From the Optimizing Thermostat to a Smart Energy Management System: Models, Benchmark, and Insights

May 1, 2012 - 12:00pm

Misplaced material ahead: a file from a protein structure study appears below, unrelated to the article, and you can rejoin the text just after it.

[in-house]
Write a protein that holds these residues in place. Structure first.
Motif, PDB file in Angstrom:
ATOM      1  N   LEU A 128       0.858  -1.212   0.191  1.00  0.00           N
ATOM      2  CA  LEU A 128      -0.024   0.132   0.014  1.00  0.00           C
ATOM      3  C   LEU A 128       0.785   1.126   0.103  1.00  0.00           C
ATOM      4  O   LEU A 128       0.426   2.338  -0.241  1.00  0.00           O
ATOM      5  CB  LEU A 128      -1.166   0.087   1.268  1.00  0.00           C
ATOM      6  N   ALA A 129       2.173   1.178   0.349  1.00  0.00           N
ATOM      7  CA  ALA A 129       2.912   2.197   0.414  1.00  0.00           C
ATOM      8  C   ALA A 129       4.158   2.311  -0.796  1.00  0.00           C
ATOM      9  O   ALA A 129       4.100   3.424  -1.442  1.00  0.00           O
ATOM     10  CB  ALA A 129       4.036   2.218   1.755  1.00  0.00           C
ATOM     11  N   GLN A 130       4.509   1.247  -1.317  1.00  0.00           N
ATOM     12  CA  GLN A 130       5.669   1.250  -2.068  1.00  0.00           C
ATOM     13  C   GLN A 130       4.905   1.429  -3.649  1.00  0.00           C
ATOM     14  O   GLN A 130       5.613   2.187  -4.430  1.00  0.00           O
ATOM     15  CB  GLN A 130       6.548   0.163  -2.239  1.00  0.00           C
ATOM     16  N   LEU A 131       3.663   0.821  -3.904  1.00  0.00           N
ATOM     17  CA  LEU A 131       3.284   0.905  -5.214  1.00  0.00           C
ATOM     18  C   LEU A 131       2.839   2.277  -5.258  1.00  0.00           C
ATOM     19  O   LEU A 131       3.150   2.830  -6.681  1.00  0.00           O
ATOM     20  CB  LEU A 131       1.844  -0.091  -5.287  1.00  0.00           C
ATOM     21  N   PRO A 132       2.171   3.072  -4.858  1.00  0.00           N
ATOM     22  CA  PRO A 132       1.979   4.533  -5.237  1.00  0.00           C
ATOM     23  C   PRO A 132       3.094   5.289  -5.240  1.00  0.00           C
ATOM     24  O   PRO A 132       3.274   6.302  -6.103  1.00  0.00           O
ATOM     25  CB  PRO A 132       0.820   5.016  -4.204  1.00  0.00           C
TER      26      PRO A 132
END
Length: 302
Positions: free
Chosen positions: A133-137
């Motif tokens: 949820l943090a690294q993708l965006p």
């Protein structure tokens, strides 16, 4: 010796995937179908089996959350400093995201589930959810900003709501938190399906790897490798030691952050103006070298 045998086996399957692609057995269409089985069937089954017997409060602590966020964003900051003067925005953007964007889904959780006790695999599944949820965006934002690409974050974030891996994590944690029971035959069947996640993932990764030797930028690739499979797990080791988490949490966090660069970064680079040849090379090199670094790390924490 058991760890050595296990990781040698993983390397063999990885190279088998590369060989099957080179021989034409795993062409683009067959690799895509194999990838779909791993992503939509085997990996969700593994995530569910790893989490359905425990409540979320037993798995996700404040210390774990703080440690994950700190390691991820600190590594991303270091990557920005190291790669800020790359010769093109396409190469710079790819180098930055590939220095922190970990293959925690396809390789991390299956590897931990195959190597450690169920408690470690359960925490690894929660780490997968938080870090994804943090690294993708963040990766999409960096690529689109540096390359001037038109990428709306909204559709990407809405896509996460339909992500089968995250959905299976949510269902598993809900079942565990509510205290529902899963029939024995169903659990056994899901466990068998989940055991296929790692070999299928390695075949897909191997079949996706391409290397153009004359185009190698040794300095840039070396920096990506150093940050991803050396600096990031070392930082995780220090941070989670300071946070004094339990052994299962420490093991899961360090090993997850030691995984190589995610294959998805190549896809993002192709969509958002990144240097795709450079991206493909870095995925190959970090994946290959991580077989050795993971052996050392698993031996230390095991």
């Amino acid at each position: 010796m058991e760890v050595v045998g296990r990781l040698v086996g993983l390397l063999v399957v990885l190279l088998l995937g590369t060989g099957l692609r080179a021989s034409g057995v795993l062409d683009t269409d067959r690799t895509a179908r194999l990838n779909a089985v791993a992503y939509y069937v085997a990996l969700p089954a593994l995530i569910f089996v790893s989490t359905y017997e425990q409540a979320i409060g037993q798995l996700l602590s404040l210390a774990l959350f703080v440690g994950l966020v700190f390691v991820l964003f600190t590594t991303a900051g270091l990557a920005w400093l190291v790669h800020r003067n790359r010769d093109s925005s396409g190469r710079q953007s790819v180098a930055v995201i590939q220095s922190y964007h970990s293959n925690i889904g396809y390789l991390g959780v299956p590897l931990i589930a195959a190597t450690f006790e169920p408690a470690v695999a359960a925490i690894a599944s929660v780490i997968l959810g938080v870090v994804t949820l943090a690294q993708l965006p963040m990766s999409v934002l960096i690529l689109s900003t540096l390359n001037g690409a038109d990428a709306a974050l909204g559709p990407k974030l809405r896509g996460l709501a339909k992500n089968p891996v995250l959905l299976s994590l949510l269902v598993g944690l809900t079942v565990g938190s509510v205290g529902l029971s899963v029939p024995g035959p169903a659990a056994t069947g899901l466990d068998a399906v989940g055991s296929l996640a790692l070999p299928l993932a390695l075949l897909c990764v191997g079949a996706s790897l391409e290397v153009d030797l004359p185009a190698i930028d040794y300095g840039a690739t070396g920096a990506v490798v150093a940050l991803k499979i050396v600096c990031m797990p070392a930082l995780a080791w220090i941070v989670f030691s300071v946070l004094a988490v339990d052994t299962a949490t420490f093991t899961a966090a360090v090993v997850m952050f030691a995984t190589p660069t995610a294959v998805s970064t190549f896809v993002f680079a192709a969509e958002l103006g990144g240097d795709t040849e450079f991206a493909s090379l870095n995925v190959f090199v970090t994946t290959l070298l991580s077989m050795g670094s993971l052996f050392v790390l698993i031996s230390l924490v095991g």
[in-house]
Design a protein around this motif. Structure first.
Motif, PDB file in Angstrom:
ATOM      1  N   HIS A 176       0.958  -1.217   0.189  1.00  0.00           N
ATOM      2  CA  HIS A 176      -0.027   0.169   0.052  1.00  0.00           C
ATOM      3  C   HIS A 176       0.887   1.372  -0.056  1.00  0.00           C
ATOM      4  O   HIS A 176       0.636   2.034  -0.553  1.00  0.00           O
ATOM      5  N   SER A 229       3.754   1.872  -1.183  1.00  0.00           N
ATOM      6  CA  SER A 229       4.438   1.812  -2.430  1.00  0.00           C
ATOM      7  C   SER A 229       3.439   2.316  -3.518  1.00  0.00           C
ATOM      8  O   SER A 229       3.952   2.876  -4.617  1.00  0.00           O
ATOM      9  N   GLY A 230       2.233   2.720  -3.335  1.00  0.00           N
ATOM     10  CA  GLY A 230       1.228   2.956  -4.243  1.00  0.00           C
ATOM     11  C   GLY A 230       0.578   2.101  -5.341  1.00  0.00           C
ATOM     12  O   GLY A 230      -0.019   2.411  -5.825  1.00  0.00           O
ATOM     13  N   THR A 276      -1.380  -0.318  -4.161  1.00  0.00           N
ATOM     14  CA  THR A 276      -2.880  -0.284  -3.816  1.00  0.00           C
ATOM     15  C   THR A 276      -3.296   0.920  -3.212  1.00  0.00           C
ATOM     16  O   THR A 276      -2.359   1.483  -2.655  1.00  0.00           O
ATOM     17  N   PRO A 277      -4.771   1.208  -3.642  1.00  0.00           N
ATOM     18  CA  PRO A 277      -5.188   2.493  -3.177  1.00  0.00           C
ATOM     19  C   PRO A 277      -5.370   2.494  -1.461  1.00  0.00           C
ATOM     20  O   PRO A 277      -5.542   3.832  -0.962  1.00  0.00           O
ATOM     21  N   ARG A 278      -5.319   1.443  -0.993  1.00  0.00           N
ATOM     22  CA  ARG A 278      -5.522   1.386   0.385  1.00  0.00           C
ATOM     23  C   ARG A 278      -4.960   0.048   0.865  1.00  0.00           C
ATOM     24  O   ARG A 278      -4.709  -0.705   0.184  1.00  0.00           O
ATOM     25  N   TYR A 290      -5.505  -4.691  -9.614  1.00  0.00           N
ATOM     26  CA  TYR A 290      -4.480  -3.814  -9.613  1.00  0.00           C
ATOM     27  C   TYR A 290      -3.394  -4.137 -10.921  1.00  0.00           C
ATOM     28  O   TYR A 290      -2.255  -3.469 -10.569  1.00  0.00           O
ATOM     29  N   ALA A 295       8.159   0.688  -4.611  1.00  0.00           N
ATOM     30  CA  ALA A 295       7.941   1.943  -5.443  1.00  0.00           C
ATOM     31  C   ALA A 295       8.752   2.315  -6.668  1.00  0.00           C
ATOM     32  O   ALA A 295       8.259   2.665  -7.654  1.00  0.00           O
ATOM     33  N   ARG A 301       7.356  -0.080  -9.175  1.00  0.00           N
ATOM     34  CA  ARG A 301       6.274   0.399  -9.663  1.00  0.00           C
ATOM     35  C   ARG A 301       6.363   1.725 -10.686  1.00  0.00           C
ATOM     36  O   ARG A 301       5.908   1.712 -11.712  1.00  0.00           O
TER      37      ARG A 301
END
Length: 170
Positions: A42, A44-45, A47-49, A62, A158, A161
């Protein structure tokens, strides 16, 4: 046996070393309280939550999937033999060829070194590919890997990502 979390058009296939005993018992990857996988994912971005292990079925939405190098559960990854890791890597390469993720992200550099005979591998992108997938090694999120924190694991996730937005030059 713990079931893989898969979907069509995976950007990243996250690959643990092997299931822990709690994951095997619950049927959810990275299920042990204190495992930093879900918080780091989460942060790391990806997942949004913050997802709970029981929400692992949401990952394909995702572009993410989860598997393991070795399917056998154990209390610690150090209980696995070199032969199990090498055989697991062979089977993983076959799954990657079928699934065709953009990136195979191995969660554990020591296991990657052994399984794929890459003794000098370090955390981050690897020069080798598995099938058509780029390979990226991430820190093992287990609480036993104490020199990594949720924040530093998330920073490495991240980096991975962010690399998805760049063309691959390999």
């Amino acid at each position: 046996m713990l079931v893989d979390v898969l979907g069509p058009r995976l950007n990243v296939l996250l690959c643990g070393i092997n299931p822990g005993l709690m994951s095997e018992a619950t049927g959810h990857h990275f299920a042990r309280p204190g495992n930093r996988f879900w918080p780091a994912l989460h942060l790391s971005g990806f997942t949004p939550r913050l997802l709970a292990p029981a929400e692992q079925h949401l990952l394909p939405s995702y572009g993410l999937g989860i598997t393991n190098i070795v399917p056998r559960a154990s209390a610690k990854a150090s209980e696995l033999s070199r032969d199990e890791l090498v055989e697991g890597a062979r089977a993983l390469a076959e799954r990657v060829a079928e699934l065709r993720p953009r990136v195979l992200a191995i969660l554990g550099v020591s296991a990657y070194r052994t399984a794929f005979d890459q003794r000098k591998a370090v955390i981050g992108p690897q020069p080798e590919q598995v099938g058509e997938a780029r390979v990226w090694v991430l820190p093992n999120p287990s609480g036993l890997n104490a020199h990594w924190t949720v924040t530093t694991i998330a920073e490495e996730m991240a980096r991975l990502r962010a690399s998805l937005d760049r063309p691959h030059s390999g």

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Nowadays, users in the retail electricity market only need to pay a fixed rate for electricity. This strategy results in lack of coordination between demand and supply and costs significant waste. A shift from fixed rate pricing in retail markets could potentially yield many benefits. Time-varying pricing promotes the substitution of off-peak consumption for peak consumption, reducing strain on the electrical system, the need for costly and inefficient “peaker” plants, and waste in electricity delivery. However, existing research supports what common sense suggests: When retail electricity prices vary, the vast majority of consumers do not respond to time-varying prices because the hassles out-weigh the benefits. The hassle can be large, for example, involves repeatedly solving a dynamic forward-looking optimization that has no closed-form solution and requires millions of mathematical operations a day to approximate. Motivated from this fact, we propose a decentralized energy management system (EMS) that helps achieve demand response. Specifically, we will consider the case in which dynamic pricing will be offered to the Smart Grid users and the EMS in each building/household makes the optimal energy usage, storage and trading decisions based on the preferences of users. In this talk, we will focus on the design of a thermostat that optimally trades off comfort for cost-saving, and how this thermostat will change the users energy consumption behavior. We will also briefly discuss some extensions of the model. A recording of this seminar is available at:  

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